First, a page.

French President Emanuel Macron made very clear in Davos that he intends for France to reclaim its positions at the Grande’s table and reaffirm itself a multipolar strategic partner. “France is back” were his exact words.

Unlike his predecessors – or so he enounces in his book: Revolution, President Macron has a vision; one he believes will allow France to act once more a defender of those values the Republic embodies at its core: Liberty, Fraternity, and Equality. If the old republican adage made a few experts smile smiles of conceited cynicism over the years – mainly due to France’s secular-infused intolerance vis á vis religious minorities as well as an exacerbated sense of ethnocentric superiority in reaction to immigration, Macron believes France can be returned to its true self under the right political climate.

It is that very belief, this need to project influence within the boundaries of republican libertarianism which makes France an appealing partner indeed. Beyond its evident, and one must say pertinent position as a permanent member of the United Nations Security Council, France under the presidency of Emanuel Macron, offers the safety of rationalism, and measured pragmatism.

This vision of France, President Macron is promoting can be summarised in those lines he wrote in defence of the Republic back in 2015, when he had not yet reached the Elysées

“It is this mission that France has carried with it for so many centuries. That gives it its place, its rank. That same mission has fostered France’s historical and continued influence in the world. From the Renaissance through the Age of Enlightenment, by way of the American Revolution and up to the Universal Declaration of Human Rights and anti-totalitarianism, France has contributed to bringing light to the world so as to liberate it from the yoke of ignorance – from religions that would enslave it, and from the violence that negates the individual. There is in the spirit of the French people an aspiration for the universal that is both a constant protest against injustice and submission, and a deep desire to tell others of their conception of the world, here and now, and for the benefit of all.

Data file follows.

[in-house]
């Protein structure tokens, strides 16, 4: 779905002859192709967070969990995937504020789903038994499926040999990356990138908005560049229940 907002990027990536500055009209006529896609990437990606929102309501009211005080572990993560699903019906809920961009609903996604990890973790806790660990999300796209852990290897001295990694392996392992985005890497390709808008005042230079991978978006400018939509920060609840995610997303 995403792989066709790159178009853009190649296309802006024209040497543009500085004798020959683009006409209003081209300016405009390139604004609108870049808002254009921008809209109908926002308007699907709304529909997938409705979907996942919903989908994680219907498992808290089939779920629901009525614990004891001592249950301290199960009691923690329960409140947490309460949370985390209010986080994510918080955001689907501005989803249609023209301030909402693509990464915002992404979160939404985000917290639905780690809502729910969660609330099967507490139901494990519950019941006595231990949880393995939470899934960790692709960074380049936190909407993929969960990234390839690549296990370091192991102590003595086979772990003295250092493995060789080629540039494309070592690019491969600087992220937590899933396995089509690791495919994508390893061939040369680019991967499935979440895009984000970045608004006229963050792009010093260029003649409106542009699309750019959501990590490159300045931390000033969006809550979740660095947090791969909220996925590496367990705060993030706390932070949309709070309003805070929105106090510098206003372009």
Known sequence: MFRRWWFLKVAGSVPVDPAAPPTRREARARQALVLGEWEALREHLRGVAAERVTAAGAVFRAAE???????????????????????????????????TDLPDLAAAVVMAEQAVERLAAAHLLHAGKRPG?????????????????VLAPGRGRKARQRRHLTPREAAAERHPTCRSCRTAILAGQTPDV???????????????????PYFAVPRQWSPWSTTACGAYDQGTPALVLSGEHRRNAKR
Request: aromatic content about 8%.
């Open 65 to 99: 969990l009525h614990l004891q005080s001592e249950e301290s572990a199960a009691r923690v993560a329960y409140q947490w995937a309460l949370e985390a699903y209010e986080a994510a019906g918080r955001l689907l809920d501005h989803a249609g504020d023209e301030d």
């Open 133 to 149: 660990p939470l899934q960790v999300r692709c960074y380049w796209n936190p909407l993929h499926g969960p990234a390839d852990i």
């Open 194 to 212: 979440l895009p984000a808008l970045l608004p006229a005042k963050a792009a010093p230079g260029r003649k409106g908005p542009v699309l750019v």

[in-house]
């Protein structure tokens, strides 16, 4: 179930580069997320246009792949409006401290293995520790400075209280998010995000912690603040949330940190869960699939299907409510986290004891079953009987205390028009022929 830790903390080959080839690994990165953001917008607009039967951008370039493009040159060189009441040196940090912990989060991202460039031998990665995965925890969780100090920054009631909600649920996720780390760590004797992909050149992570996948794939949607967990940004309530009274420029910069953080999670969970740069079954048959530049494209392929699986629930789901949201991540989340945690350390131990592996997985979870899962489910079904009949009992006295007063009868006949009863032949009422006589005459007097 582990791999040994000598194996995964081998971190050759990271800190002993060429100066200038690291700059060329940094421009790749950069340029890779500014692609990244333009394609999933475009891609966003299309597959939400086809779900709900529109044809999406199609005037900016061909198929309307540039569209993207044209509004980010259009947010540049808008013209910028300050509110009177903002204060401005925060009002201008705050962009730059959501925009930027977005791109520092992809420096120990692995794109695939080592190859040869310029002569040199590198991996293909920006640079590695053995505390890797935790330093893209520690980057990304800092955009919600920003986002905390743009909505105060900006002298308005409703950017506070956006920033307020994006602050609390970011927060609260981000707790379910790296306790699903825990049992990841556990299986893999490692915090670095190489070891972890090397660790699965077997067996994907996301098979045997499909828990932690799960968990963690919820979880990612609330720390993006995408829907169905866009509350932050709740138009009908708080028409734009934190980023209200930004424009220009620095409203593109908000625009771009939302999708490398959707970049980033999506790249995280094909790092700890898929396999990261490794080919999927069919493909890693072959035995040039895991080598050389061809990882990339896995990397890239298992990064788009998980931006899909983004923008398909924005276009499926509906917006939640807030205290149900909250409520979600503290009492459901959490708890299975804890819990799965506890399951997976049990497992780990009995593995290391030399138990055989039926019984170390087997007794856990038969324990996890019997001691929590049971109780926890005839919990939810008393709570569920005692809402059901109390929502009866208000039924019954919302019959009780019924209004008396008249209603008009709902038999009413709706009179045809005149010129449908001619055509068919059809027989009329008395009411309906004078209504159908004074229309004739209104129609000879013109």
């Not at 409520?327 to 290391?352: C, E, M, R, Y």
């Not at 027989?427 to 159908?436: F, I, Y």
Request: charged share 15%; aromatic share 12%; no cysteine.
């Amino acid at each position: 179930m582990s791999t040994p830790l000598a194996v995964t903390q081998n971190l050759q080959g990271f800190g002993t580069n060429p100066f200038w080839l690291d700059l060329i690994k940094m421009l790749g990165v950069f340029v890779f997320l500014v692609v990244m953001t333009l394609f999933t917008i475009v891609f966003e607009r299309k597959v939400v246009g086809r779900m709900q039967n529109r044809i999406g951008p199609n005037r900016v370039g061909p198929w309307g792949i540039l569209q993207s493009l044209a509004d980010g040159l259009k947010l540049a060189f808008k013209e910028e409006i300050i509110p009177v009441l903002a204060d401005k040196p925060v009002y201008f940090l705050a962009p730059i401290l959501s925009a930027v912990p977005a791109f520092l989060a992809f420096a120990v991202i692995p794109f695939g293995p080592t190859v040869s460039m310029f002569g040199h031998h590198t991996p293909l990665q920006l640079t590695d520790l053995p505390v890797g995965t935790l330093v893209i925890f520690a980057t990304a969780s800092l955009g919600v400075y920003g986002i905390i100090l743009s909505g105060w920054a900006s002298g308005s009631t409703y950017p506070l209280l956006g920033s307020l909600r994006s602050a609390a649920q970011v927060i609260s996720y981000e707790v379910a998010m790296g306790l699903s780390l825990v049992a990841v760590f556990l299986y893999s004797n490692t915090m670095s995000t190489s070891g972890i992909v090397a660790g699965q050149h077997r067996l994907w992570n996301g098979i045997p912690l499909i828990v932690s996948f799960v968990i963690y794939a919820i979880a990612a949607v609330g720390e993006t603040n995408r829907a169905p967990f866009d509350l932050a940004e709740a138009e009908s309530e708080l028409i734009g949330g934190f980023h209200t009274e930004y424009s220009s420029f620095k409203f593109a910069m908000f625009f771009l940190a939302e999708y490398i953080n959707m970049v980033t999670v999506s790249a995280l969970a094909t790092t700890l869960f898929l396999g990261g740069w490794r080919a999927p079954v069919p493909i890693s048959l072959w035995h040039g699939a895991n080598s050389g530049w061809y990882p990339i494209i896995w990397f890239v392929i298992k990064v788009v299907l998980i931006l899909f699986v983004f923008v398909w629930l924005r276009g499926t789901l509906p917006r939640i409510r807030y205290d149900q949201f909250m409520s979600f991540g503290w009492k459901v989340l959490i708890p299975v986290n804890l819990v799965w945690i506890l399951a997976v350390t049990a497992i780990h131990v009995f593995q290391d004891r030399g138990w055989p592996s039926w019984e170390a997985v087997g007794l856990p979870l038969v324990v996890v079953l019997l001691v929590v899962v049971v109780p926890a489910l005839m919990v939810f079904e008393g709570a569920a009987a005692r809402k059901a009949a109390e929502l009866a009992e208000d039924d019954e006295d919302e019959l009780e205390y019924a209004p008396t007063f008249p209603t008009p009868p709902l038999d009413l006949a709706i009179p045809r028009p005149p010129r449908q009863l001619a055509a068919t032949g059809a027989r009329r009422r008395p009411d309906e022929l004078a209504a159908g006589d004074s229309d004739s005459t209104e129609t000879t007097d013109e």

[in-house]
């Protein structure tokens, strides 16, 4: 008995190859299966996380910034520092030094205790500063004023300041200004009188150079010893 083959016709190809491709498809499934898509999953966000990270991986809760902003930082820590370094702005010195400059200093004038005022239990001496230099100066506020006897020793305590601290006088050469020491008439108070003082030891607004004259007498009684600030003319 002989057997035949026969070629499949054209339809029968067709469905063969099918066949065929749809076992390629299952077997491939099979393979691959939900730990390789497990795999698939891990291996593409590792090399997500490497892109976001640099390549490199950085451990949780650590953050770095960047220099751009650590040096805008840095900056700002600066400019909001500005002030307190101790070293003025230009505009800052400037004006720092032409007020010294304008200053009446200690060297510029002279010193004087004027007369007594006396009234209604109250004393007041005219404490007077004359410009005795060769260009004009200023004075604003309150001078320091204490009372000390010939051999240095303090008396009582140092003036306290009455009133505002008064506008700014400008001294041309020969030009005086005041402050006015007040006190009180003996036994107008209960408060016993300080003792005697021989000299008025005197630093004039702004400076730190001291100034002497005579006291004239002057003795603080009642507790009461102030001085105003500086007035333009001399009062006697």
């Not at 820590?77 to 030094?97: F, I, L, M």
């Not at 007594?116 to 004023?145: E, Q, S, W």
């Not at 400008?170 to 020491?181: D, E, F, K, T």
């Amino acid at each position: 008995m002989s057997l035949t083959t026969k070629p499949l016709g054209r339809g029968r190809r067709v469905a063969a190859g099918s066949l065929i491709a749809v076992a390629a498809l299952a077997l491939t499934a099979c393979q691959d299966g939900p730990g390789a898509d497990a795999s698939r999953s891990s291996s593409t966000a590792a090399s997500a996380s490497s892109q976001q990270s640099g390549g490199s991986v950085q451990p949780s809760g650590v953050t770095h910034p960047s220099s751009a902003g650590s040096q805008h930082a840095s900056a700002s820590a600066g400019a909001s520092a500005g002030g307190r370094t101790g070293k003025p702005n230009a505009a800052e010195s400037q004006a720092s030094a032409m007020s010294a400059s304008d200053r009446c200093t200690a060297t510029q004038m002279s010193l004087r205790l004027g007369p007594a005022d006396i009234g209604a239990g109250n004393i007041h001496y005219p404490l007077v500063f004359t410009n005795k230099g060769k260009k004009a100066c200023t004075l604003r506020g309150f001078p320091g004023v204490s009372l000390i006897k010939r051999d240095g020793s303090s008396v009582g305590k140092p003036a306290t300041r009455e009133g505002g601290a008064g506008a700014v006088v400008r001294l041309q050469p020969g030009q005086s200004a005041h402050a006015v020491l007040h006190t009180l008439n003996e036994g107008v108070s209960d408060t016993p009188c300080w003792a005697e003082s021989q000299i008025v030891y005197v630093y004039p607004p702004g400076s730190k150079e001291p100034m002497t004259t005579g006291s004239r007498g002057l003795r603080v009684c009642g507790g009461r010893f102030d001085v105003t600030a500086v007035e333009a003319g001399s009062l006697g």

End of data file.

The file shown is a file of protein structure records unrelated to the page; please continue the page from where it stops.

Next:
The spirit of the Encyclopaedists, led by Diderot, is probably the quintessential expression of that delirious ambition, an ambition that represents us. Nothing could be further from what we are than for us to withdraw into ourselves.”

Beyond the patriotic idealism lies a deep understanding that if France is indeed to power a comeback, it will need to carefully position its industries in the Middle East by leveraging diplomacy and political advancement.

This is the paradox of the “complicated East” mentioned by General de Gaulle in his War Memoirs. For all its dangerous pitfalls and complexity, the region continues to hold strategic interests for France – to the extent one may argue that France’s future ability to project power is proportional to the new ‘markets’ Paris will open up. To better appreciate, and maybe anticipate France’s policies in the Middle East – especially in the Gulf region, one must reconcile with one brutal reality: France will always act according to what it perceives as its best interest.

Admitting to such a reality is in no mean intended as criticism – quite the contrary in fact as it would be foolish, and to some extent treacherous, for any one nation to pursue policies contradictory to its own self-interest. Now, it is where such self-interest lies that is key.

For decades France’s political elite – whether under Nicolas Sarkozy or Francois Hollande, has promoted, powered and architected its ambitions around not the development of the nation-state per se, but rather the advancement of a particular demographic: the infamous Society as the French call it, the elite.